The next generation 2014 Ford Mustang is well into is development phase in Dearborn. Internally referred to loosely as the Mustang III by a few of the people we have talked to in the past year, the designation is actually somewhat scary. Last time Ford gave a car a name like that it was the Mustang II, and we all know how that turned out. But rest assured, we aren’t getting a gussied up Pinto this time around.
But the internal moniker comes because the next Mustang will be a departure in some significant ways from the car we have today just like the Mustang II was back in 1974. The 800 pound gorilla in the room for the current Mustang is its sheer size and weight. The 2011 Mustang pictured above weighs in the neighbourhood of 3500-4000 lbs depending on the model you select. Consider that against the 1965 Mustang which only weighed about 2450-2800 lbs.
While new engines are still providing excellent mpg with all that weight, the next pony car will still have to be significantly lighter to meet the strangle hold of tougher CAFÉ regulations that will phase in during its life cycle. Mileage will have to increase at minimum of 5-8% each year on average during the Mustang III’s lifetime.
Our sources indicate the 2014 Mustang will be both lighter and smaller than the current car. While that sounds disappointing, keep in mind that the current Mustang is a tank. It’s one of the largest and heaviest Mustangs built in the history of the car. Weight savings will be achieved not only by a modest downsizing but use of lighter materials in the body structure. This will at minimum include high strength steels and aluminium.
We have been hearing that finally a modern independent rear suspension will be part of the next platform generation. Yes, the Mustang will finally join the 21st century club for contemporary chassis tech. This comes in part because of the One Ford plan where all platforms need to be shared around the world. The Mustang can no longer have its own platform to itself, too expensive.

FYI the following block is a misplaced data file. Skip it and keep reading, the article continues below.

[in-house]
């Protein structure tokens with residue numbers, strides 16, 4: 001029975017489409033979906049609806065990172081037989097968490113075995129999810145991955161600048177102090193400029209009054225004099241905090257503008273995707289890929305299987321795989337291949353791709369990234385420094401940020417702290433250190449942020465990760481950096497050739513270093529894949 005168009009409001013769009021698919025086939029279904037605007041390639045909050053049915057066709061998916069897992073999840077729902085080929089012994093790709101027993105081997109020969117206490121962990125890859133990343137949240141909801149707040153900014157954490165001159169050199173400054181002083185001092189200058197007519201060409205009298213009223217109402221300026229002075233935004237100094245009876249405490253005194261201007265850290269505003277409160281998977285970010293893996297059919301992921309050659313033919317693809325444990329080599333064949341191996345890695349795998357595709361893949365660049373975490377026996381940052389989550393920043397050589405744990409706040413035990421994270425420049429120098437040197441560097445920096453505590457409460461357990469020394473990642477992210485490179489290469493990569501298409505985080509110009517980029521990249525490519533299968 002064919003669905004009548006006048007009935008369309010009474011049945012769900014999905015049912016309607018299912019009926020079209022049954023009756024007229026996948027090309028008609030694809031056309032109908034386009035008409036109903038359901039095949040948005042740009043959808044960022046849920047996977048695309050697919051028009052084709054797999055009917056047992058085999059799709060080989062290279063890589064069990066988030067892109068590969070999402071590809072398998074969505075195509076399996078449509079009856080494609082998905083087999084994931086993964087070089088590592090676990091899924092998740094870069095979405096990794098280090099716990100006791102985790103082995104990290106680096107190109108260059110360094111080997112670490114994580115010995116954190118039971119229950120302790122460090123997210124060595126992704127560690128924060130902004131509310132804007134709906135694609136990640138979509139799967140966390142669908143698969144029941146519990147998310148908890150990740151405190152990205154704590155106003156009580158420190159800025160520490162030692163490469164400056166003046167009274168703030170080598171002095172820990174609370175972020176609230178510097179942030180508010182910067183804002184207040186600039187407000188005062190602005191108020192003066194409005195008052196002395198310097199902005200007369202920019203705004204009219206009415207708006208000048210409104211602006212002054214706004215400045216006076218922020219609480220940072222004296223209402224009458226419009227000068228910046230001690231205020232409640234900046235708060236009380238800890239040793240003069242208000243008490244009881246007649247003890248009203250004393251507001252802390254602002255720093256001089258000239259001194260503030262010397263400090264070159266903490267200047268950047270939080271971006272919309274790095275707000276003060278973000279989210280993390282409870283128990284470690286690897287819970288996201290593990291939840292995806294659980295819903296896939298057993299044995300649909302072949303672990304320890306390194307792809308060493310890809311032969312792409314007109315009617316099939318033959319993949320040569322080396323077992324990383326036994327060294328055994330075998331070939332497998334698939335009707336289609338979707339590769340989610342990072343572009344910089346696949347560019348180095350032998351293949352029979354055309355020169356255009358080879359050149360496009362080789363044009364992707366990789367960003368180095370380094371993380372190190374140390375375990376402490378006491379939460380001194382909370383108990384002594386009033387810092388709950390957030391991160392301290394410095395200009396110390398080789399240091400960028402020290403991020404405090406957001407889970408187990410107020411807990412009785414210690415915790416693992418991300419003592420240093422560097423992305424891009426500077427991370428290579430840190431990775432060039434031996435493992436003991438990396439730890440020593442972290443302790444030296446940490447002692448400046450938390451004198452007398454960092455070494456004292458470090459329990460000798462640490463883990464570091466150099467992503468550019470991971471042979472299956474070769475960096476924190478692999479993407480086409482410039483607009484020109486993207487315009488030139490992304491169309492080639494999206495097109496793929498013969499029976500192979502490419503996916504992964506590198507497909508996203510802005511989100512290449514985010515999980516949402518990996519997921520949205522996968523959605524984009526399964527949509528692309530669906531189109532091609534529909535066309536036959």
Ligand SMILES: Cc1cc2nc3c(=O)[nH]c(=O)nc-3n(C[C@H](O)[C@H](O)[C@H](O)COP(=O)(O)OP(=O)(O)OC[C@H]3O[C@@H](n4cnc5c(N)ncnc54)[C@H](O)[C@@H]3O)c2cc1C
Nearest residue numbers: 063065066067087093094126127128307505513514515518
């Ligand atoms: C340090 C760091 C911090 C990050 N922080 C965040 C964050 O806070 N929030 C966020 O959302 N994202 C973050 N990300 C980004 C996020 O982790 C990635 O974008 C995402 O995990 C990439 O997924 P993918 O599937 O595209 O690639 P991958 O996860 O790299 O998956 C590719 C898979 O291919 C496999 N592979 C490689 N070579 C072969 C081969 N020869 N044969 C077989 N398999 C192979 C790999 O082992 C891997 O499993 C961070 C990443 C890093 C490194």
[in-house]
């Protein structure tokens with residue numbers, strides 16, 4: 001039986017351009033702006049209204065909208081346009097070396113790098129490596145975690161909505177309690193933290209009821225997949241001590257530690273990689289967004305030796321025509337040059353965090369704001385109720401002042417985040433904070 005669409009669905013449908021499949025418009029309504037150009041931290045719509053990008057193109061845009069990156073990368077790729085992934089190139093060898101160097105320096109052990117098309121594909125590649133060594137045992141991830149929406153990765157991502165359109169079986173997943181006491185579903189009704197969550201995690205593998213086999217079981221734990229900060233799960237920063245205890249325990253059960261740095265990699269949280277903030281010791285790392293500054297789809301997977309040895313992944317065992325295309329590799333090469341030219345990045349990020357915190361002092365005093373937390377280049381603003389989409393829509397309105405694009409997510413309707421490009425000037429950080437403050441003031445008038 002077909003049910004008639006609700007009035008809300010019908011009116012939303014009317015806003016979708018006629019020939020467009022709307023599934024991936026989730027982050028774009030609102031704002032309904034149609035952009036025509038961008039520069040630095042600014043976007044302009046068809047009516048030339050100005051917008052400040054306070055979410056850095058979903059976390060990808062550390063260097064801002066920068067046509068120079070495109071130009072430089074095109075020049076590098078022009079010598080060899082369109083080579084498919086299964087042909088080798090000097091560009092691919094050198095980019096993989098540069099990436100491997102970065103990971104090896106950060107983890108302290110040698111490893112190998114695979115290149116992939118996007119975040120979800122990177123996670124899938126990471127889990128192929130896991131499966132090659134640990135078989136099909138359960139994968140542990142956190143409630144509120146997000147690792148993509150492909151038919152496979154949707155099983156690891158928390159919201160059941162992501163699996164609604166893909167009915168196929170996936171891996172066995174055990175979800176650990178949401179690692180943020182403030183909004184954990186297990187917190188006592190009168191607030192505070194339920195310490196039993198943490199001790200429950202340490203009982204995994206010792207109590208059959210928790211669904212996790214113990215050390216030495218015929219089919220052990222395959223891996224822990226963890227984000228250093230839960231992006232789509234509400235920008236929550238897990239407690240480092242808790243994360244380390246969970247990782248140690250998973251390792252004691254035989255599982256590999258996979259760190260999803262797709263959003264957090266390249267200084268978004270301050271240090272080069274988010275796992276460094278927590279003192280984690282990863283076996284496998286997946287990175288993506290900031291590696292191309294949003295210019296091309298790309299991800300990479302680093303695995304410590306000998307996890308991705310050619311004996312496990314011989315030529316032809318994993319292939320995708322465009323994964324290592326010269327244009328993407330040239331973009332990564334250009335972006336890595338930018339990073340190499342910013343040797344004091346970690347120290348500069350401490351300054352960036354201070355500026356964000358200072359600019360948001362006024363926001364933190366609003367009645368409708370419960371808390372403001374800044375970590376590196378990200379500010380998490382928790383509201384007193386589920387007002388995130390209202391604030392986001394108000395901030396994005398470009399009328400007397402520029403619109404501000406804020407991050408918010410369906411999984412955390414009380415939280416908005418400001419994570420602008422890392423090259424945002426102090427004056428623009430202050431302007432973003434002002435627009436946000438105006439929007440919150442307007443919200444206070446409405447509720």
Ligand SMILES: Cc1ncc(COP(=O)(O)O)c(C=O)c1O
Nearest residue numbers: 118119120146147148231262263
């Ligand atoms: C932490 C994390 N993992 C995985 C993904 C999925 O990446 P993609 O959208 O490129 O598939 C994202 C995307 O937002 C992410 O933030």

The next generation RWD platform will have to be utilised in other products to make it pencil in a world where Mustangs are selling at or around 100,000 unit’s a year. What may ride on such a platform is unknown, but Australia is sure to take a piece for future Falcon derivatives. There may be hope for an American sedan perhaps for Lincoln to share as well, but we’re not betting on that just yet. We actually should be counting our lucky stars the Mustang is to remain a RWD car at that.
Powertrains are an open question. With hundreds of millions just invested in the 2011 3.7 litre V6 and 5.0 litre V8 it is unlikely that these engines will go by the wayside. The possibility of a four cylinder naturally aspirated or turbocharged engine in the Mustang is still out there for a base model to get the price down enough to put the 2014 Mustang credibly back into the entry level market.
In the speculation of styling, it is well to early to start soothsaying on that front. Nothing has been seen in the way of engineering mules or mock ups just yet as Ford has kept the car well under wraps. We would expect evolutionary styling with enough heritage DNA to keep it “family”. But retro might well have run its course, giving way to a modern interpretation of the pony car.
Ford design guru Jay Mays recently said of the 2014 Mustang, “”We can’t lose the Mustang DNA, which is really important, but we’ve got to signal that Mustang has got another 50 years of life left in it. In order to do that we are going to have to take a bit more of a stretch with the car, bring all of our Mustang faithful along with us.”
The good news is that the group of people that make up Team Mustang at Dearborn are true blue Mustang enthusiasts. While the future with change always seems a bit scary, we can assure you that our beloved pony car is in good hands. It is unlikely we will be disappointed.
When we have more to share, we will.